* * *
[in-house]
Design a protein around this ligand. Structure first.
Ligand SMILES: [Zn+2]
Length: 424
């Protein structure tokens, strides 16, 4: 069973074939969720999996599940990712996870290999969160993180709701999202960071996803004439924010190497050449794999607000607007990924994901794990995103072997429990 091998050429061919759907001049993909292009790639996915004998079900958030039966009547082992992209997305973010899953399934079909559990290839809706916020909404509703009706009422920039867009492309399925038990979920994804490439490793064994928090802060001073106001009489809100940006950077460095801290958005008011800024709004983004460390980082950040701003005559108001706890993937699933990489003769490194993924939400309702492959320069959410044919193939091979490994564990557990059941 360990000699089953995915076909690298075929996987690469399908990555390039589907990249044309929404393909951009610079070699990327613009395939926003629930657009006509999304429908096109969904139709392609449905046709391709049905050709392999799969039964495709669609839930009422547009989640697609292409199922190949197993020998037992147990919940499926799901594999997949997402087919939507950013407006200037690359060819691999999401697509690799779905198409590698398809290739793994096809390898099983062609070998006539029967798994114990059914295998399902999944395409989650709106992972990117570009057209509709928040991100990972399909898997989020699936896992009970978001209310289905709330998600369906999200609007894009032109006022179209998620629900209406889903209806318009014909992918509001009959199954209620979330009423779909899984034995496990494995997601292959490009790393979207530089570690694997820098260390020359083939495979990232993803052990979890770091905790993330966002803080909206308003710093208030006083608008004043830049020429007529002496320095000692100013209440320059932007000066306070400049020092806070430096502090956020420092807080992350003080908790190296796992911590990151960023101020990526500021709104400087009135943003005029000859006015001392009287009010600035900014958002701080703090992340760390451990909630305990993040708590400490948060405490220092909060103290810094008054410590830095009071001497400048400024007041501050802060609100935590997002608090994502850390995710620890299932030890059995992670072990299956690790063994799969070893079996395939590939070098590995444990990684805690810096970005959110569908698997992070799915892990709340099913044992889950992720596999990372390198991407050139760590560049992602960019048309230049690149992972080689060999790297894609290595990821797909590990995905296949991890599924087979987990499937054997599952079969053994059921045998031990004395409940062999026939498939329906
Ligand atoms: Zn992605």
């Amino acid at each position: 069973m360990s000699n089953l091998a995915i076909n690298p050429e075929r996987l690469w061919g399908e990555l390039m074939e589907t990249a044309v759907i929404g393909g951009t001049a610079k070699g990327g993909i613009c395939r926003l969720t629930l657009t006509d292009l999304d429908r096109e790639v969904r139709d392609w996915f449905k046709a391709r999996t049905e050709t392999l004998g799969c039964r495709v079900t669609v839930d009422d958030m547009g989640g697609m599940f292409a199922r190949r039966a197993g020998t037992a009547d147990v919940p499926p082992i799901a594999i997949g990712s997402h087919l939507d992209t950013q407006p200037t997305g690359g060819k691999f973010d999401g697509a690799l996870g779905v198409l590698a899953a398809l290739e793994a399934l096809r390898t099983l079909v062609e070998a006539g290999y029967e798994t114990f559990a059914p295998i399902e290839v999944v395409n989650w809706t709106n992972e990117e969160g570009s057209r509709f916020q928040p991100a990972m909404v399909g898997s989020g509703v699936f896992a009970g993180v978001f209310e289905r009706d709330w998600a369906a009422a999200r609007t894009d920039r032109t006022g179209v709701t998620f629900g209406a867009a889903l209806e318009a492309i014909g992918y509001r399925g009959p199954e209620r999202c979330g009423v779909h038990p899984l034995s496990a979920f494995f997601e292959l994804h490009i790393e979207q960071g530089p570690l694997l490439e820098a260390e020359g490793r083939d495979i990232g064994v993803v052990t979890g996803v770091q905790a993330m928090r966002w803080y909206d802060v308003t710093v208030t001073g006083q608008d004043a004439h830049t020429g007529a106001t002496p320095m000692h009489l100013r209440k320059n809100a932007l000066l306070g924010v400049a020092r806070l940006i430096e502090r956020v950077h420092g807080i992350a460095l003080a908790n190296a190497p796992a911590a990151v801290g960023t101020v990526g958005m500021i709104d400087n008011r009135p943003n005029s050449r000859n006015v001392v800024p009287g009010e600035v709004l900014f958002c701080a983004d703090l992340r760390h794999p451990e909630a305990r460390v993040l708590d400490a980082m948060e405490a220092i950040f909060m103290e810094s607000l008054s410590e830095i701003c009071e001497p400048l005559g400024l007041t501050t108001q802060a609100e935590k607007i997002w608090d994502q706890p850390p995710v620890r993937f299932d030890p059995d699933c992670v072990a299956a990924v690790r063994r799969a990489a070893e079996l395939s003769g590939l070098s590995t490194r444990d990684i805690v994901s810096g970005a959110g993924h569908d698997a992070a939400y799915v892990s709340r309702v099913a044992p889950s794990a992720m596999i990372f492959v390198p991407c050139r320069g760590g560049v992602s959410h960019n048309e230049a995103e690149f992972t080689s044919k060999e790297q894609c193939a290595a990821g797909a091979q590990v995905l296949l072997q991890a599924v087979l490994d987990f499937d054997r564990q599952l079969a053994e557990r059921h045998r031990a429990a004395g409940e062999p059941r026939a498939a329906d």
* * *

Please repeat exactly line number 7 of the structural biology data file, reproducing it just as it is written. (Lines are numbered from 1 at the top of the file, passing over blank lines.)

């Amino acid at each position: 069973m360990s000699n089953l091998a995915i076909n690298p050429e075929r996987l690469w061919g399908e990555l390039m074939e589907t990249a044309v759907i929404g393909g951009t001049a610079k070699g990327g993909i613009c395939r926003l969720t629930l657009t006509d292009l999304d429908r096109e790639v969904r139709d392609w996915f449905k046709a391709r999996t049905e050709t392999l004998g799969c039964r495709v079900t669609v839930d009422d958030m547009g989640g697609m599940f292409a199922r190949r039966a197993g020998t037992a009547d147990v919940p499926p082992i799901a594999i997949g990712s997402h087919l939507d992209t950013q407006p200037t997305g690359g060819k691999f973010d999401g697509a690799l996870g779905v198409l590698a899953a398809l290739e793994a399934l096809r390898t099983l079909v062609e070998a006539g290999y029967e798994t114990f559990a059914p295998i399902e290839v999944v395409n989650w809706t709106n992972e990117e969160g570009s057209r509709f916020q928040p991100a990972m909404v399909g898997s989020g509703v699936f896992a009970g993180v978001f209310e289905r009706d709330w998600a369906a009422a999200r609007t894009d920039r032109t006022g179209v709701t998620f629900g209406a867009a889903l209806e318009a492309i014909g992918y509001r399925g009959p199954e209620r999202c979330g009423v779909h038990p899984l034995s496990a979920f494995f997601e292959l994804h490009i790393e979207q960071g530089p570690l694997l490439e820098a260390e020359g490793r083939d495979i990232g064994v993803v052990t979890g996803v770091q905790a993330m928090r966002w803080y909206d802060v308003t710093v208030t001073g006083q608008d004043a004439h830049t020429g007529a106001t002496p320095m000692h009489l100013r209440k320059n809100a932007l000066l306070g924010v400049a020092r806070l940006i430096e502090r956020v950077h420092g807080i992350a460095l003080a908790n190296a190497p796992a911590a990151v801290g960023t101020v990526g958005m500021i709104d400087n008011r009135p943003n005029s050449r000859n006015v001392v800024p009287g009010e600035v709004l900014f958002c701080a983004d703090l992340r760390h794999p451990e909630a305990r460390v993040l708590d400490a980082m948060e405490a220092i950040f909060m103290e810094s607000l008054s410590e830095i701003c009071e001497p400048l005559g400024l007041t501050t108001q802060a609100e935590k607007i997002w608090d994502q706890p850390p995710v620890r993937f299932d030890p059995d699933c992670v072990a299956a990924v690790r063994r799969a990489a070893e079996l395939s003769g590939l070098s590995t490194r444990d990684i805690v994901s810096g970005a959110g993924h569908d698997a992070a939400y799915v892990s709340r309702v099913a044992p889950s794990a992720m596999i990372f492959v390198p991407c050139r320069g760590g560049v992602s959410h960019n048309e230049a995103e690149f992972t080689s044919k060999e790297q894609c193939a290595a990821g797909a091979q590990v995905l296949l072997q991890a599924v087979l490994d987990f499937d054997r564990q599952l079969a053994e557990r059921h045998r031990a429990a004395g409940e062999p059941r026939a498939a329906d």